Mónica Gomery


I’m a molar wedged deep inside the back of her mouth. Oh,
the way she runs her tongue over me feels for scraps but
I feel gathered in. Oh, the way she says my name, everything
crowded into it, how fully she turns me, inside-out like a garment
shakes the sand out of me. How she knows and unknows me
pushes me away and is cosmos, the burning nose of each star.
I’m a seed, she’s soil folding me in. Compost of phone lines, trash bins
beers drunk on rooftops in cities. She is crooning and rageful, sweaters
and droughts, she does not speak but Oh, how she speaks
the sun woven through tree limbs, her voice in the oceanic lifting
of humans in song. Her voice roasts salt into zucchini, electrifies
hungering limbs of entangled teenagers, lays ​palms against
every war zone, collision, every waterlogged island, ​her voice
every mouth of every bird and every volume of Talmud. ​Oh child
she shovels light into me ​ Oh child​, she taught me to hold a body
with my own hands while all the breath left it, ​Oh small thing
she carves her voice through my mind, ​small small cherished thing
her voice mountains into me hurricanes into me, crashes
around me and the gratitude hurts so much I think it will rip me clean
end to end. She ​wraps me in worry, ​ swaddles me against city, she teaches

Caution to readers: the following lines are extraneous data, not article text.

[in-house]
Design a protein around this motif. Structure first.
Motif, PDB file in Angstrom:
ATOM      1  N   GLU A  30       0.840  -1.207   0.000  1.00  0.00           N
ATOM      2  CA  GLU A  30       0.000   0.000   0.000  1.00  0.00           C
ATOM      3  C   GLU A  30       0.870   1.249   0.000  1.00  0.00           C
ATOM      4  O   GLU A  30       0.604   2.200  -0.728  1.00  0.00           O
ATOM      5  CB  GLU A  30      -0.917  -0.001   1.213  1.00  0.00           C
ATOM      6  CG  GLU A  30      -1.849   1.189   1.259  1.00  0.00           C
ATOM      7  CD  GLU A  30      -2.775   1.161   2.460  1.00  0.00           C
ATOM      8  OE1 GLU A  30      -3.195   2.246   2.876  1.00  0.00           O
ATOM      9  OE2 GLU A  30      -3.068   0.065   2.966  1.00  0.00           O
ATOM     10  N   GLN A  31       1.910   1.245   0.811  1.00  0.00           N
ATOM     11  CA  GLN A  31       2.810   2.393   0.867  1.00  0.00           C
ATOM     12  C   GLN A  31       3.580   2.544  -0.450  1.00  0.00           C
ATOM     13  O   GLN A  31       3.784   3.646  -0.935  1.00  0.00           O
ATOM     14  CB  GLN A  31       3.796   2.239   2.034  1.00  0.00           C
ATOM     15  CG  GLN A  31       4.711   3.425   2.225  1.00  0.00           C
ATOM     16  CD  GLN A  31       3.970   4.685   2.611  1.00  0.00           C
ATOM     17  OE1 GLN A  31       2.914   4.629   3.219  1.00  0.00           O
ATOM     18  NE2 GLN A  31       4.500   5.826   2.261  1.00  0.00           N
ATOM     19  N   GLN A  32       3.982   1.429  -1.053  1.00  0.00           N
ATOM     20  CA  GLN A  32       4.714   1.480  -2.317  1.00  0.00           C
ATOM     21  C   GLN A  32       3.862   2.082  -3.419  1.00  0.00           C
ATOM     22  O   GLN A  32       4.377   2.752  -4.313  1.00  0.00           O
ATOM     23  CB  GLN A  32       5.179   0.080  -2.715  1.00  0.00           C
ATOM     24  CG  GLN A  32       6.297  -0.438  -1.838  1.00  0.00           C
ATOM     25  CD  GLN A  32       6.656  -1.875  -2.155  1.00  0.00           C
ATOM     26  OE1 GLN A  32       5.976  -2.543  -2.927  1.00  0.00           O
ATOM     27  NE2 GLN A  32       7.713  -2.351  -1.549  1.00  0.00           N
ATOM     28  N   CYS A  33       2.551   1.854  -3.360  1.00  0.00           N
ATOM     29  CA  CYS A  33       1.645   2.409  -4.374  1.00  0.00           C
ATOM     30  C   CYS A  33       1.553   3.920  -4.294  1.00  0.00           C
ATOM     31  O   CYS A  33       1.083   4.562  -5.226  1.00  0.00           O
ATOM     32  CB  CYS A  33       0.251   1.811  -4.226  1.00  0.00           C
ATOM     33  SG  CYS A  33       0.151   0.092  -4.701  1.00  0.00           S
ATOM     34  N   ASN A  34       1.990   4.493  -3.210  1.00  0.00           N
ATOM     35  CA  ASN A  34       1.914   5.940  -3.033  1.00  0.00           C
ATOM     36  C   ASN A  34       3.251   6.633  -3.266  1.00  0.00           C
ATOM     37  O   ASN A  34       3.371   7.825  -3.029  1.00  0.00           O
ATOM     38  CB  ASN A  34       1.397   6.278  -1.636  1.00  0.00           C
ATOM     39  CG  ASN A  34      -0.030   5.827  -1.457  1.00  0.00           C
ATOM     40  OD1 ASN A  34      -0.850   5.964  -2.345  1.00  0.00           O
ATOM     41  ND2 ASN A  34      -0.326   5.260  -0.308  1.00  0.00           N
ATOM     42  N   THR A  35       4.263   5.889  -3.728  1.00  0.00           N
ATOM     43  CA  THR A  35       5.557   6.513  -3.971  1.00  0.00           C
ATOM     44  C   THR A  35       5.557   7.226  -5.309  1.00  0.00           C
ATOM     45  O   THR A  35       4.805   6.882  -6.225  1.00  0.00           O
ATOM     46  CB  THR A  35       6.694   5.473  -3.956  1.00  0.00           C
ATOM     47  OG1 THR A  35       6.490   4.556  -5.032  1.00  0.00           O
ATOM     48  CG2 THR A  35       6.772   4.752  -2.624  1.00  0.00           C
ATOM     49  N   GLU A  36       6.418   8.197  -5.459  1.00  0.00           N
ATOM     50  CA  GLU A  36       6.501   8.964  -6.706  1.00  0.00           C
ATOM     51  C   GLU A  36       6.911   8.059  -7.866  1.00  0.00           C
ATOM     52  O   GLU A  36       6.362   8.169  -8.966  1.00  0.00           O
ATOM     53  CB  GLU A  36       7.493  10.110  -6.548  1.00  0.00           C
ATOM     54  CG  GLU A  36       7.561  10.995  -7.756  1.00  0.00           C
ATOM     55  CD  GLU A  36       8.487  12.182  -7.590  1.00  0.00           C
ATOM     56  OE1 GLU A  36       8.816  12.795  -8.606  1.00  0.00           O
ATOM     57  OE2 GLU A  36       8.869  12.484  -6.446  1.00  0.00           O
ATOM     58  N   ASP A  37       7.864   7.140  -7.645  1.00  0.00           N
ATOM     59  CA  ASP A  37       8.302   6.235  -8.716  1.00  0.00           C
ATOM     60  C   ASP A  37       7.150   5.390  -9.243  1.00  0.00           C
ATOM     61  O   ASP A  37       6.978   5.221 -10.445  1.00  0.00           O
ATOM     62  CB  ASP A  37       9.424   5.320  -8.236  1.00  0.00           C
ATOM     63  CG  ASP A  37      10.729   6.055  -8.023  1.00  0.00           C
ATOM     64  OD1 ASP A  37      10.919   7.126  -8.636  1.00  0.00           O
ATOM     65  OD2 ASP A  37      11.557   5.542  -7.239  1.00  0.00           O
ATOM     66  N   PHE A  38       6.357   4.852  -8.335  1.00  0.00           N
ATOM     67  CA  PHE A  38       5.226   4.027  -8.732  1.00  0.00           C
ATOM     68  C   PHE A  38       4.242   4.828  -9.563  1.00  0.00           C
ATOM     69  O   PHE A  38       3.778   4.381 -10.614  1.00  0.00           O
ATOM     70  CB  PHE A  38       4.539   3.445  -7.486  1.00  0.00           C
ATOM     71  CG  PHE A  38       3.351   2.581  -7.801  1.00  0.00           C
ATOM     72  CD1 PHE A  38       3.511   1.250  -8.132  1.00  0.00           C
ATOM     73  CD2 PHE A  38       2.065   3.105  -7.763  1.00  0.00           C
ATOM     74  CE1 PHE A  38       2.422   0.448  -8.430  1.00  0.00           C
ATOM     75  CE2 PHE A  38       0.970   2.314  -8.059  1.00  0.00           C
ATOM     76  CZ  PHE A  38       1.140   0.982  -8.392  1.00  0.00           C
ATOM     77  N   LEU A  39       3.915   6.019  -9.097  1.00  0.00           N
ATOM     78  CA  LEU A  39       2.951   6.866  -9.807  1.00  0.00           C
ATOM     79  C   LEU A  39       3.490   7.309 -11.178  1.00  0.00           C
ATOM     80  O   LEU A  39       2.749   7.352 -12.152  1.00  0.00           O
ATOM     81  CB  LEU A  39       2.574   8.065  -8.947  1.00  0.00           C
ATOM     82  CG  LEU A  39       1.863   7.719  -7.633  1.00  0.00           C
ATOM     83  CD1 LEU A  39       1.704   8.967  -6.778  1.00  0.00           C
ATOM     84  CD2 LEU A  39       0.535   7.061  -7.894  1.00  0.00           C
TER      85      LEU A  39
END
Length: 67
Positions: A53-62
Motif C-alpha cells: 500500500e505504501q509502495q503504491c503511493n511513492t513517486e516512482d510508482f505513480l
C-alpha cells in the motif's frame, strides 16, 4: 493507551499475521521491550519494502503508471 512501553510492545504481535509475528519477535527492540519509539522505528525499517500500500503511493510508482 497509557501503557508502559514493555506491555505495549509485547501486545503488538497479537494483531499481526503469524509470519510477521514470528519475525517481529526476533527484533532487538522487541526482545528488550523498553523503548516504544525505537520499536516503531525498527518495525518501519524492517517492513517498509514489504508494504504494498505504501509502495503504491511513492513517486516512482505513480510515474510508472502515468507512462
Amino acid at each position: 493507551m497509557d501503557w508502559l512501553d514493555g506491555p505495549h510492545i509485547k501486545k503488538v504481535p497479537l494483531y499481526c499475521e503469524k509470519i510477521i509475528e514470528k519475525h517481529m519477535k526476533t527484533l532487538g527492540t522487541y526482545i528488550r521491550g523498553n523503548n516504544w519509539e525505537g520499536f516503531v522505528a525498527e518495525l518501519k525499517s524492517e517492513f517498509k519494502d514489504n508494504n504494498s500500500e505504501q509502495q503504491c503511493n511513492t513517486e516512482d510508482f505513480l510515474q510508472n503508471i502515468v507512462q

me love so I’ll always be hungry. She teaches me Hebrew so I’ll always
be longing, so I can use the language of my greatest great uncles to thank her
to say please, all of our eyes wilting into the mystery, the words crack like frozen
rain on our eyelashes, shake all of our heads. ​Oh vessel​, she whispers
as I mourn and surrender ​Oh precious ​​ you’re so important and unimportant
you’re so good and already forgotten​. She says, ​Stop hurting yourself, stop
hurting others. ​I’m on my knees she is that burning in my bent
is the night, cloaks me when I can’t sleep, ​Take a walk​, ​touch
all of my quilts, ​says, ​bang any object against another to find me​.

Mónica Gomery is a poet and rabbi, raised by her Venezuelan Jewish family in Boston and Caracas, and now living on Lenni Lenape land in Philadelphia. Her work explores queerness, diaspora, ancestry, theology, and cultivating courageous hearts. She is the author of Here is the Night and the Night on the Road (Cooper Dillon Books, 2018), and the chapbook Of Darkness and Tumbling (YesYes Books, 2017). She is the winner of the 2020 Minola Review Poetry Contest, and has been a finalist in both the Newfound Gloria Anzaldúa Poetry Prize and the Cutthroat Journal Joy Harjo Poetry Contest. Her poetry can be found most recently in Frontier, Foglifter, Ninth Letter, Interim, Southern Indiana Review, and as a Poetry Foundation Poem of The Day. Read more here.